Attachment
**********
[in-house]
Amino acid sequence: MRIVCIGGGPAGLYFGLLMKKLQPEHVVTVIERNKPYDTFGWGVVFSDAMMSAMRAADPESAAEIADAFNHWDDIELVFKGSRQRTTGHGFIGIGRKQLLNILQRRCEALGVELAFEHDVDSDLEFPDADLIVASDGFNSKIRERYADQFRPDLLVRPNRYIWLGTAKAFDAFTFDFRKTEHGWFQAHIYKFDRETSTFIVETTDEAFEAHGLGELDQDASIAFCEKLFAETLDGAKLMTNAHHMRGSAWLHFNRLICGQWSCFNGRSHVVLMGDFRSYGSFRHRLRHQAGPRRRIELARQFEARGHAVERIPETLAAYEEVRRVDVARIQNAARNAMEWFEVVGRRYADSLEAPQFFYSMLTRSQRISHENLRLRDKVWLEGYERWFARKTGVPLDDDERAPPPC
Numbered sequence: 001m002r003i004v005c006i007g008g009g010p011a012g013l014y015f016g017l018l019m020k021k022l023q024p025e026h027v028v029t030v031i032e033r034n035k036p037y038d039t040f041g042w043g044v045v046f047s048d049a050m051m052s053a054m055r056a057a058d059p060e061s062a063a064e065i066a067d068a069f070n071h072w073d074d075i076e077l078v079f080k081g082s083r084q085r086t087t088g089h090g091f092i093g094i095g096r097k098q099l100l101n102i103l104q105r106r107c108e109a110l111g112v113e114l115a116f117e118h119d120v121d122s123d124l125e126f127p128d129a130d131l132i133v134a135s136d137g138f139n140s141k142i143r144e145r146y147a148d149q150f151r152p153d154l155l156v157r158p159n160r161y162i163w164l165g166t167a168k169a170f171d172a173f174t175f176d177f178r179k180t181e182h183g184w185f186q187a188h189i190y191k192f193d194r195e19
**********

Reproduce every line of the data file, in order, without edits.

[in-house]
Amino acid sequence: MRIVCIGGGPAGLYFGLLMKKLQPEHVVTVIERNKPYDTFGWGVVFSDAMMSAMRAADPESAAEIADAFNHWDDIELVFKGSRQRTTGHGFIGIGRKQLLNILQRRCEALGVELAFEHDVDSDLEFPDADLIVASDGFNSKIRERYADQFRPDLLVRPNRYIWLGTAKAFDAFTFDFRKTEHGWFQAHIYKFDRETSTFIVETTDEAFEAHGLGELDQDASIAFCEKLFAETLDGAKLMTNAHHMRGSAWLHFNRLICGQWSCFNGRSHVVLMGDFRSYGSFRHRLRHQAGPRRRIELARQFEARGHAVERIPETLAAYEEVRRVDVARIQNAARNAMEWFEVVGRRYADSLEAPQFFYSMLTRSQRISHENLRLRDKVWLEGYERWFARKTGVPLDDDERAPPPC
Numbered sequence: 001m002r003i004v005c006i007g008g009g010p011a012g013l014y015f016g017l018l019m020k021k022l023q024p025e026h027v028v029t030v031i032e033r034n035k036p037y038d039t040f041g042w043g044v045v046f047s048d049a050m051m052s053a054m055r056a057a058d059p060e061s062a063a064e065i066a067d068a069f070n071h072w073d074d075i076e077l078v079f080k081g082s083r084q085r086t087t088g089h090g091f092i093g094i095g096r097k098q099l100l101n102i103l104q105r106r107c108e109a110l111g112v113e114l115a116f117e118h119d120v121d122s123d124l125e126f127p128d129a130d131l132i133v134a135s136d137g138f139n140s141k142i143r144e145r146y147a148d149q150f151r152p153d154l155l156v157r158p159n160r161y162i163w164l165g166t167a168k169a170f171d172a173f174t175f176d177f178r179k180t181e182h183g184w185f186q187a188h189i190y191k192f193d194r195e19